Blogs » J.Q. Tomanek of Victoria » Putting the X in Christmas


Ever wonder why we see the "Xmas" instead of the longer version "Christmas?" It is something I have never really understood why so many Christians get so upset over. Contrary to popular belief that this is a way to take Christ out of Christmas, it would seem a more literal attempt of splitting Christ from the Mass. However, this is not true either. The "X" is an abbreviation that has been used for centuries and is one of the oldest Christian symbols that we have over the past 2,000 years.

"It is Greek to me."

Of course it is. The word "Christ" in Greek begins with an "X" and is followed by a "P." You may have seen the ancient X with a P over it, commonly known as the chi-rho. So by placing the “X” in front of “mas” it is really just an abbreviation of the word “Christmas.”

In a similar sense, the new secular wishful phrase, “Happy Holiday.” It is difficult to get around the idea that you are still wishing someone a religious greeting for the “Happy Holiday” really means “Happy Holy Day.” I realize the intention may be to secularize or pluralize the greeting, but the meaning really hasn’t changed.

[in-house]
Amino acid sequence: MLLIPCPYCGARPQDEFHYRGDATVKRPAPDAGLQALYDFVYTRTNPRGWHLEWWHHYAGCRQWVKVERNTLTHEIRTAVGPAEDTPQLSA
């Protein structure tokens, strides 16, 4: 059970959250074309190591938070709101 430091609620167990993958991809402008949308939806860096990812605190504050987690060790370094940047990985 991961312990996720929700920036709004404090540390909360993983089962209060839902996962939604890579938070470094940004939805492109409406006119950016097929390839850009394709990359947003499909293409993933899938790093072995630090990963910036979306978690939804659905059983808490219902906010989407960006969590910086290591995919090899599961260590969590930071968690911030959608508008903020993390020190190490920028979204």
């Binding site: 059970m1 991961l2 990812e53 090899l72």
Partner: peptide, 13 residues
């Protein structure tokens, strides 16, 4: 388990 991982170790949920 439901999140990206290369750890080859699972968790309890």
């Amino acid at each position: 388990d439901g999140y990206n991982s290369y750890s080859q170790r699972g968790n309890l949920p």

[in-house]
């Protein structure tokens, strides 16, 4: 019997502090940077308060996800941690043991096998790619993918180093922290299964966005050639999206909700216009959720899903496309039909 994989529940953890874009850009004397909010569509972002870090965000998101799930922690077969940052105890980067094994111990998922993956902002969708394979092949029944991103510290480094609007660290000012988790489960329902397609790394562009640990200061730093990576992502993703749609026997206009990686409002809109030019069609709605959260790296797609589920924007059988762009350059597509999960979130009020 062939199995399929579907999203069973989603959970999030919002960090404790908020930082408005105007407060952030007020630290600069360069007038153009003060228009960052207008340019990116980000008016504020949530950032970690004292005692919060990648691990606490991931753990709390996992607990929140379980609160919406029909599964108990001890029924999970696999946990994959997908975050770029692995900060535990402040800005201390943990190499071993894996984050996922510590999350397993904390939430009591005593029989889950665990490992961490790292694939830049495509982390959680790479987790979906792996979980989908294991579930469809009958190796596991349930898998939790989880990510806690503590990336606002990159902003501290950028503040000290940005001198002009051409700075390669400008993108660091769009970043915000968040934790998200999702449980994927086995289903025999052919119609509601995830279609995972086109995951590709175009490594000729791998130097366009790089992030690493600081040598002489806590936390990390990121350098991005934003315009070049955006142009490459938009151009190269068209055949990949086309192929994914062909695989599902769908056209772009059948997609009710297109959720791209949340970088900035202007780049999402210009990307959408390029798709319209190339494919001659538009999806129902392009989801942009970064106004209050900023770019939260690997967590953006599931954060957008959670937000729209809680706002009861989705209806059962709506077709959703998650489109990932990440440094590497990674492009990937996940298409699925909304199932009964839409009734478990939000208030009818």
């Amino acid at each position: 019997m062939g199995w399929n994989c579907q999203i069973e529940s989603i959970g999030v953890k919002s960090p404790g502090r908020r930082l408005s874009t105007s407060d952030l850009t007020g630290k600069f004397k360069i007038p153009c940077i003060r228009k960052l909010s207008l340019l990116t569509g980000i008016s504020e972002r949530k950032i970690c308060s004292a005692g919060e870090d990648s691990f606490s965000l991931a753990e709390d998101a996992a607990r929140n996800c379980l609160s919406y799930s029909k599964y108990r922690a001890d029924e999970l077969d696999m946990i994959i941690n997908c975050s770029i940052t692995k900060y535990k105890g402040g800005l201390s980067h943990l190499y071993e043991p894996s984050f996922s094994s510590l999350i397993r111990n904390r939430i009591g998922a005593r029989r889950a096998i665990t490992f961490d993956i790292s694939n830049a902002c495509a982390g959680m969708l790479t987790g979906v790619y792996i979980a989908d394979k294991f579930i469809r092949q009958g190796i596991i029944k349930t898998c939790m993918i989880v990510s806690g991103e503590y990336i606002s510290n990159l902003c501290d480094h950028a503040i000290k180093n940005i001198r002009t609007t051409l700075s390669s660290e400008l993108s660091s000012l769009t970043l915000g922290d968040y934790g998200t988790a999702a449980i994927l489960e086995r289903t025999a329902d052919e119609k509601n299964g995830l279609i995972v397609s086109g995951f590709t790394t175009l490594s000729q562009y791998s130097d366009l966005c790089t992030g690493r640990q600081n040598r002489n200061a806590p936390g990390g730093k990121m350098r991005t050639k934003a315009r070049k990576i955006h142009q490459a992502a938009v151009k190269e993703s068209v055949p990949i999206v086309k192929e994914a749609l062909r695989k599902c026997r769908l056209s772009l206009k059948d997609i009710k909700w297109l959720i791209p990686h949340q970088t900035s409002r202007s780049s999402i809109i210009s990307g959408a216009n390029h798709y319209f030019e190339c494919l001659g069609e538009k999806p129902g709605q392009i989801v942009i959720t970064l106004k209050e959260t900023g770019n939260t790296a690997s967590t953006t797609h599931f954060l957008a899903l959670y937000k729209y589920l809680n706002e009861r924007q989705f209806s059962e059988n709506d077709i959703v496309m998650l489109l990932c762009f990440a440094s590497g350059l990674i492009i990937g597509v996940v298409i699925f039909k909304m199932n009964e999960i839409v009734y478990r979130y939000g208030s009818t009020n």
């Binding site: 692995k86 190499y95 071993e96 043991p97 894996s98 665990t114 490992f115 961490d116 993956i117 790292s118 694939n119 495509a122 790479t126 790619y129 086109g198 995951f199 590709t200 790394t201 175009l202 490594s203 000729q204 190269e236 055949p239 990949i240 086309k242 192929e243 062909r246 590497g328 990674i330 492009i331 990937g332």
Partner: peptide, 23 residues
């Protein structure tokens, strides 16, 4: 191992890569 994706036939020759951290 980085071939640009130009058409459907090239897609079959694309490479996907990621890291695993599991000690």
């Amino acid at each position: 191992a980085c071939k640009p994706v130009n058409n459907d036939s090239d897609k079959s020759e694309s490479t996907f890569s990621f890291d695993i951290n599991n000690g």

What about the old pre-Christian symbol of the Christmas tree? Well, not so fast. The Christmas tree is also Christian in its origin. It was used in medieval plays called “mystery plays or miracle plays.” These plays tried to educate the faithful on biblical stories through the medium of acting. What does it have to do with a tree? Well, these plays would rehearse the Garden of Eden scene and use a tree with apples to represent the Tree of Knowledge of Good and Evil and the another tree decorated with sweet things to represent the Tree of Life. How does this show up on Christmas? Well, in the Eastern Orthodox church, December 24th is the feast of Adam and Eve. As these mystery plays were suppressed in the 1400s, they were moved from the stage and into the homes of the faithful.

Decorating the house with Christmas lights? Again, it has a very religious significance. The Irish would place a candle(s) in their window around Christmas so that a priest would know that the house would welcome them offering Mass in that location. This was during the days that celebrating Mass was considered criminal by the British. When the British would ask what the candles were for, the Irish would reply that they were inviting Joseph and Mary into their house.

So anyway, these are a few of the old traditions that have made the test of time!